In Maryland, to file a no-fault divorce (other than a mutual consent divorce), you must be living apart and separate from your spouse for at least one year prior to filing.  In Maryland, living  apart means to actually live in a different home from your spouse.

Is Living in the Guest Room or Basement Living Apart and Separate?

Unlike in a Washington, DC divorce case, Maryland requires the parties to actually live in separate dwellings for a period of one year or more to file for a no-fault divorce. This means that if you are living in the basement or the guest room, you are still considered living together with your spouse.  If there were a case in the District, the court would consider that you are living separate and apart if you are not sharing a bed (and not having sexual relations) with your spouse.  This stems from lawmakers recognizing the reality that many people cannot afford to live in a separate home while they are still married to their spouse.

If I am Still Living with my husband/wife in Bethesda, can I still file for divorce?

Unless we are dealing with a fault-based Maryland divorce, you cannot file for what is known as an absolute divorce while you are still living with your spouse.  However, as your experienced Bethesda divorce attorney can explain, this does not mean you cannot file for a divorce.  You may be able to file what is known as a limited divorce in Maryland.

What is a Limited Divorce in Maryland?

In Maryland, Pursuant to Family Law § 7-102, a limited divorce, can resolve many of the issues such as including financial issues, child custody and support issues, but you will still be legally married and cannot remarry. However, since the process of a contested divorce takes time, you can often amend the complaint for a limited divorce to become a complaint for absolute divorce at a later date.

There are technically three grounds  upon which you can file a complaint for limited divorce and they are as follows:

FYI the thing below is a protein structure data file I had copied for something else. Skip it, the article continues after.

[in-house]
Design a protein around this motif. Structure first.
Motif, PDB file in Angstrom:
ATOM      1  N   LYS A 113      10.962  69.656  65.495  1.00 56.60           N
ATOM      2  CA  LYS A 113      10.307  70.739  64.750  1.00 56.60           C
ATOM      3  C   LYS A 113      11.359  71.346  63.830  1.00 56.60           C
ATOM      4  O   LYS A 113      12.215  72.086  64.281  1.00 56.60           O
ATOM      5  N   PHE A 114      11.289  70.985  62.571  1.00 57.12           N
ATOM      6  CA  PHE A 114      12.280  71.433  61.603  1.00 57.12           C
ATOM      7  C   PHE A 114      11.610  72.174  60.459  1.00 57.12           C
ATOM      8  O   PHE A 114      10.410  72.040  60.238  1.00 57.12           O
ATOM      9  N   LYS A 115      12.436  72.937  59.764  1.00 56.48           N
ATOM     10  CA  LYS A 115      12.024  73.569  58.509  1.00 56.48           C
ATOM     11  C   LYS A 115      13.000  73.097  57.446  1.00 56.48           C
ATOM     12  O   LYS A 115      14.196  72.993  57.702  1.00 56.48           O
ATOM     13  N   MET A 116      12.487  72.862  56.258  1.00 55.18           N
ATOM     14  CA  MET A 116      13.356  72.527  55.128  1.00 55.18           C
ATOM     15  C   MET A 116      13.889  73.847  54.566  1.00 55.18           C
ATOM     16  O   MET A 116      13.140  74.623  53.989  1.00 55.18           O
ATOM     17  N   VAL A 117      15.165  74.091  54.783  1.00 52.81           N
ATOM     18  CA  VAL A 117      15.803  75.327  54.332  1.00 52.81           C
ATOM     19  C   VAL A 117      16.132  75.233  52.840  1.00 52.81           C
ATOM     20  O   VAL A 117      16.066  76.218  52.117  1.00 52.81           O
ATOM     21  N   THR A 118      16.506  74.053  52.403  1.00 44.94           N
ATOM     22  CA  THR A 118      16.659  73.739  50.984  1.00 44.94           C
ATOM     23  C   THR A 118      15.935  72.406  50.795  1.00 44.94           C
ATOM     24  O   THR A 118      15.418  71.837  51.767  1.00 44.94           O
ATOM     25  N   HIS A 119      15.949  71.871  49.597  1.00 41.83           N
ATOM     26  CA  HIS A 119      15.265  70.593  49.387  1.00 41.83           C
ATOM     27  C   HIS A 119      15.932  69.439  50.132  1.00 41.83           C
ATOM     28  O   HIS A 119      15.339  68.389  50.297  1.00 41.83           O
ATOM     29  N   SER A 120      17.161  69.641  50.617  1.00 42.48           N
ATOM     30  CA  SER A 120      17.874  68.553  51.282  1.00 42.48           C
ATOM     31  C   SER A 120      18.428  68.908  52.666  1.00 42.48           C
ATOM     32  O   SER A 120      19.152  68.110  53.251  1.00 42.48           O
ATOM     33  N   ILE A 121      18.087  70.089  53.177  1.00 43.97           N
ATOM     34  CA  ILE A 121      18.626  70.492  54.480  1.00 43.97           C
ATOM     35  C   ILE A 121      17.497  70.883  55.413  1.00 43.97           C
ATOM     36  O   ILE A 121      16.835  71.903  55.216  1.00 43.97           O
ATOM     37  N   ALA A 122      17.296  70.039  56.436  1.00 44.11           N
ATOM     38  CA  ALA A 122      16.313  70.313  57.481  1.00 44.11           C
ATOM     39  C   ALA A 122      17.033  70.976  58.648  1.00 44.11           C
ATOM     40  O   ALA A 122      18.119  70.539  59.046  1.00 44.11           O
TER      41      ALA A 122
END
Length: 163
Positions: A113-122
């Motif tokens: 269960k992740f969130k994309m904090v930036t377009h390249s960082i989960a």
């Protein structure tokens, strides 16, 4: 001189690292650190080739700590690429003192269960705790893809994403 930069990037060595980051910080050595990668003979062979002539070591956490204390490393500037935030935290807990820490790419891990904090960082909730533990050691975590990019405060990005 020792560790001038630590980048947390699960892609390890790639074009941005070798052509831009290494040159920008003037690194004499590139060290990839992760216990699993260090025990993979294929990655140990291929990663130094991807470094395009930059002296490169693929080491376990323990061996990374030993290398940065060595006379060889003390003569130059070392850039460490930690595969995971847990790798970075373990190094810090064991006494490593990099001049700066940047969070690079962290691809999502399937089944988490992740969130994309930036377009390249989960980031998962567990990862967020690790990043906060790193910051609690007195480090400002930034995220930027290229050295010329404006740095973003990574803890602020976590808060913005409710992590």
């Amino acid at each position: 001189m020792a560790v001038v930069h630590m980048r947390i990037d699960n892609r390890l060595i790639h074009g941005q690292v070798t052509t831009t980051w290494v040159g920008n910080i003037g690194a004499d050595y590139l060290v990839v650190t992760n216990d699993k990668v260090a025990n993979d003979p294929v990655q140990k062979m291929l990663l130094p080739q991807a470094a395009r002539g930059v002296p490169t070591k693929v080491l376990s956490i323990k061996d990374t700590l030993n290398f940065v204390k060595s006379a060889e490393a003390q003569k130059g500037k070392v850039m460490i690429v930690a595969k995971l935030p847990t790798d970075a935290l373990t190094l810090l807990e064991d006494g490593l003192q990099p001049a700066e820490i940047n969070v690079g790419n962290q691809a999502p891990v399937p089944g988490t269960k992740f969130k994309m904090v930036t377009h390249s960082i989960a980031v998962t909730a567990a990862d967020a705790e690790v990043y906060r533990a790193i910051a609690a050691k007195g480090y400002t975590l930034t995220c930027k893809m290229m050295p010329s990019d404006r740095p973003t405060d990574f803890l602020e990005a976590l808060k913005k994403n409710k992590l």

1. Separation
  2. Cruelty and Successively vicious conduct
  3. Desertion

While these are three official grounds, in most cases, your spouse will not challenge the ground for a limited divorce, and if they do, the legal definitions of the grounds for limited divorce are actually fairly broad. For example, Desertion can be actual desertion where your spouse physically leaves you (and possibly the children), but it can also include actions in which your spouse has terminated the spousal relationship and has made it impossible for you to continue in good health, safely, while maintaining your self-respect. You also cannot have sexual relations with your spouse since the constructive desertion began, but as you can see, this would be a description that might match the facts of your actual situation, however, you should speak with an experienced Gaithersburg divorce attorney during your confidential consultation to see what would be appropriate for filing in your case.

Can I Live in the Same Home as My Husband/Wife after Filing for Divorce?

The legal answer is generally yes.  You will not be required to vacate a home in which you have a marital interest absent a court order. However, as a practical matter,  it is often a very uncomfortable situation to be living in the same home.  It is obvious how this would result in arguments and possibly even in a physical altercation. This is certainly a situation you want to avoid so there may grounds to have your spouse removed from the home if you can establish you are in imminent danger through what is known as a Protective Order.

In addition to a Protective Order, you can also ask the Court for what is called an Exclusive Use and Possession Order.  An Exclusive Use and Possession Order is an order from the court that grants one party (and possibly the minor children) the exclusive use of the marital home.  This means that the other spouse has no right to live there and cannot enter (aside from a designated time to get his or her personal belongings) the marital home.  It should also be noted that whose name is on the title to the marital home is not necessarily determinative as to the inclusion of the home as a marital asset and the equitable distribution the home.

In a Maryland divorce case, one party can also ask for “Suit Money” or “Fee for Suit.” This is a request of the court to have the other spouse pay your legal fees and court costs, but this is not something that typically occurs at the start of the case.  The court will typically set a case for what is known as a pendente lite hearing. This hearing, often called a “PL” hearing for short, is basically a temporary custody or support hearing. This means that the court can set a temporary order for child support, alimony, fee for suit, and other issues that will remain in effect until the end of the case.  The order can include the exclusive use and possession of the marital home as discussed above. The family magistrate will look at the case previous to this hearing and also the financial means and needs of the respective party and can enter an amount that one spouse must give the other for legal fees to pay for legal costs to date and for the remainder of the case.

If you are in need of representation in Maryland or Washington, DC for a family law matter, please feel free to contact the Gross Law Firm, LLC for a complete and confidential consultation by calling (301) 388-5434 or by contacting us online.